23.09.2016 | Suomen Akatemia (Academy of Finland)
Self-assembled nanostructures hit their target
23.09.2016 | King Abdullah University of Science and Technology
The Fraunhofer Institute for Organic Electronics, Electron Beam and Plasma Technology FEP has been developing various applications for OLED microdisplays based on organic semiconductors. By integrating the capabilities of an image sensor directly into the microdisplay, eye movements can be recorded by the smart glasses and utilized for guidance and control functions, as one example. The new design will be debuted at Augmented World Expo Europe (AWE) in Berlin at Booth B25, October 18th – 19th.
“Augmented-reality” and “wearables” have become terms we encounter almost daily. Both can make daily life a little simpler and provide valuable assistance for...
With the help of artificial intelligence, chemists from the University of Basel in Switzerland have computed the characteristics of about two million crystals made up of four chemical elements. The researchers were able to identify 90 previously unknown thermodynamically stable crystals that can be regarded as new materials. They report on their findings in the scientific journal Physical Review Letters.
Elpasolite is a glassy, transparent, shiny and soft mineral with a cubic crystal structure. First discovered in El Paso County (Colorado, USA), it can also be...
For the first time, Fraunhofer IKTS shows additively manufactured hardmetal tools at WorldPM 2016 in Hamburg. Mechanical, chemical as well as a high heat resistance and extreme hardness are required from tools that are used in mechanical and automotive engineering or in plastics and building materials industry. Researchers at the Fraunhofer Institute for Ceramic Technologies and Systems IKTS in Dresden managed the production of complex hardmetal tools via 3D printing in a quality that are in no way inferior to conventionally produced high-performance tools.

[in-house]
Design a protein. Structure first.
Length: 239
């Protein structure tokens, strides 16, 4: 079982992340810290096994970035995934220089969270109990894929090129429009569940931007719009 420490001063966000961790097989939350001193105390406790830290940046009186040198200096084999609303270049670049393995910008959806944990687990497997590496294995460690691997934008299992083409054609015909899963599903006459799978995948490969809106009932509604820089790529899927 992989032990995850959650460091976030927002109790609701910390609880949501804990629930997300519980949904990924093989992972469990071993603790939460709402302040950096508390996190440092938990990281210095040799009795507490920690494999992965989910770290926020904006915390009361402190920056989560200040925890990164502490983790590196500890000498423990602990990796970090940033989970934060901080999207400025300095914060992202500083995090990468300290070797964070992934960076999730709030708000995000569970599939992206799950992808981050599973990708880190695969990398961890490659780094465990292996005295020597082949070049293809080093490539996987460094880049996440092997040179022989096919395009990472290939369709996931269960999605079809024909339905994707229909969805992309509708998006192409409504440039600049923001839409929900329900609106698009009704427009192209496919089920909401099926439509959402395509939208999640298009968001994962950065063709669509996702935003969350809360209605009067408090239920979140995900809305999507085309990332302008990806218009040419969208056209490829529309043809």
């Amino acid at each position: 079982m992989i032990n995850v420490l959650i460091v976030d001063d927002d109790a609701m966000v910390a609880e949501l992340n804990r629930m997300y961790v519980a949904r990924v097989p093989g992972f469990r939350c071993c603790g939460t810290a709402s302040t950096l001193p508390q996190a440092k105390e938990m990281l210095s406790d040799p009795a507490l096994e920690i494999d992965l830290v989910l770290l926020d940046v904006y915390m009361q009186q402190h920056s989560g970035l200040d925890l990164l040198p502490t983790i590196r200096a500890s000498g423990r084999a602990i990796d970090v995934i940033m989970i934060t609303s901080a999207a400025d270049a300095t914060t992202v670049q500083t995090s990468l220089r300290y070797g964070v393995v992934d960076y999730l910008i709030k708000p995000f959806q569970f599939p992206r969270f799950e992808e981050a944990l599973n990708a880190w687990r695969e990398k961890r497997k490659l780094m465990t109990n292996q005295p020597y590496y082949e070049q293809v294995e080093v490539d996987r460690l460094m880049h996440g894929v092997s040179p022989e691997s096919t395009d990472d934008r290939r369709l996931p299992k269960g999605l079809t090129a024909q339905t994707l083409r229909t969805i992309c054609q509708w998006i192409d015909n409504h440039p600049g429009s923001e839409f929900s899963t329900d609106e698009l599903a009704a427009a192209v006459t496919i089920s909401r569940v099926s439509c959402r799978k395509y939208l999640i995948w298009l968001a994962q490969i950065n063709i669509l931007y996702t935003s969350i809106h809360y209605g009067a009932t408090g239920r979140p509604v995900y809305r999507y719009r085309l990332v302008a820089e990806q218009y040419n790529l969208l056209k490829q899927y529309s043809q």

Fraunhofer IKTS counts decades of proven expertise in the development of hardmetals. To date, reliable cutting, drilling, pressing and stamping tools made of...
At AKL’16, the International Laser Technology Congress held in May this year, interest in the topic of process control was greater than expected. Appropriately, the event was also used to launch the Industry Working Group for Process Control in Laser Material Processing. The group provides a forum for representatives from industry and research to initiate pre-competitive projects and discuss issues such as standards, potential cost savings and feasibility.
In the age of industry 4.0, laser technology is firmly established within manufacturing. A wide variety of laser techniques – from USP ablation and additive...
Every three years, the plastics industry gathers at K, the international trade fair for plastics and rubber in Düsseldorf. The Fraunhofer Institute for Laser Technology ILT will also be attending again and presenting many innovative technologies, such as for joining plastics and metals using ultrashort pulse lasers. From October 19 to 26, you can find the Fraunhofer ILT at the joint Fraunhofer booth SC01 in Hall 7.
K is the world’s largest trade fair for the plastics and rubber industry. As in previous years, the organizers are expecting 3,000 exhibitors and more than...
23.09.2016 | Event News
20.09.2016 | Event News
16.09.2016 | Event News
23.09.2016 | Life Sciences
23.09.2016 | Health and Medicine
23.09.2016 | Life Sciences